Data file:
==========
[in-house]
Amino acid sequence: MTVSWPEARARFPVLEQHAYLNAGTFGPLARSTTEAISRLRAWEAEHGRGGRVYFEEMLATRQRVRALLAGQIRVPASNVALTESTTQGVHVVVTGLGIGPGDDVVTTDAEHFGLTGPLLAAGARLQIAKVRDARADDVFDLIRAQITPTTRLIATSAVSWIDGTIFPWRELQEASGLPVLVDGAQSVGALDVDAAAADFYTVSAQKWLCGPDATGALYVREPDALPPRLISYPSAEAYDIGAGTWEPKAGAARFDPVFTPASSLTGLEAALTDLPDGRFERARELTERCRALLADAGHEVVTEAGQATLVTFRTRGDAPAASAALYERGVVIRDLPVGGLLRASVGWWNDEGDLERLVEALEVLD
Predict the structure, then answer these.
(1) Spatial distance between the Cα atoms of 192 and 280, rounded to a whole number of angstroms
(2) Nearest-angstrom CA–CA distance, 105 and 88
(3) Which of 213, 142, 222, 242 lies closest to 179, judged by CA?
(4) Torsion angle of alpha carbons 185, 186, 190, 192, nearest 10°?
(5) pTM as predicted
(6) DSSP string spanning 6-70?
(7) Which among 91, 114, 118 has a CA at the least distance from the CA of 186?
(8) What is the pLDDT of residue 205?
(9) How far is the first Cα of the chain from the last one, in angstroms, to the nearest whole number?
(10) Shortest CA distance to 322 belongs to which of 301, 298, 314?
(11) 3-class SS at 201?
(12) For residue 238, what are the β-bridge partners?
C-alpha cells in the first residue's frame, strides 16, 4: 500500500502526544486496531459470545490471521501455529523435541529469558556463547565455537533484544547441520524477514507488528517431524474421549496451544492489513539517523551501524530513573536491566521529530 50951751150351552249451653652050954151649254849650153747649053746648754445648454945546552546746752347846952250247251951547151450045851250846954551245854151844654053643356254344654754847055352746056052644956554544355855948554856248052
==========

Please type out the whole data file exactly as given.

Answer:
[in-house]
Amino acid sequence: MTVSWPEARARFPVLEQHAYLNAGTFGPLARSTTEAISRLRAWEAEHGRGGRVYFEEMLATRQRVRALLAGQIRVPASNVALTESTTQGVHVVVTGLGIGPGDDVVTTDAEHFGLTGPLLAAGARLQIAKVRDARADDVFDLIRAQITPTTRLIATSAVSWIDGTIFPWRELQEASGLPVLVDGAQSVGALDVDAAAADFYTVSAQKWLCGPDATGALYVREPDALPPRLISYPSAEAYDIGAGTWEPKAGAARFDPVFTPASSLTGLEAALTDLPDGRFERARELTERCRALLADAGHEVVTEAGQATLVTFRTRGDAPAASAALYERGVVIRDLPVGGLLRASVGWWNDEGDLERLVEALEVLD
Predict the structure, then answer these.
(1) Spatial distance between the Cα atoms of 192 and 280, rounded to a whole number of angstroms
(2) Nearest-angstrom CA–CA distance, 105 and 88
(3) Which of 213, 142, 222, 242 lies closest to 179, judged by CA?
(4) Torsion angle of alpha carbons 185, 186, 190, 192, nearest 10°?
(5) pTM as predicted
(6) DSSP string spanning 6-70?
(7) Which among 91, 114, 118 has a CA at the least distance from the CA of 186?
(8) What is the pLDDT of residue 205?
(9) How far is the first Cα of the chain from the last one, in angstroms, to the nearest whole number?
(10) Shortest CA distance to 322 belongs to which of 301, 298, 314?
(11) 3-class SS at 201?
(12) For residue 238, what are the β-bridge partners?
C-alpha cells in the first residue's frame, strides 16, 4: 500500500502526544486496531459470545490471521501455529523435541529469558556463547565455537533484544547441520524477514507488528517431524474421549496451544492489513539517523551501524530513573536491566521529530 50951751150351552249451653652050954151649254849650153747649053746648754445648454945546552546746752347846952250247251951547151450045851250846954551245854151844654053643356254344654754847055352746056052644956554544355855948554856248052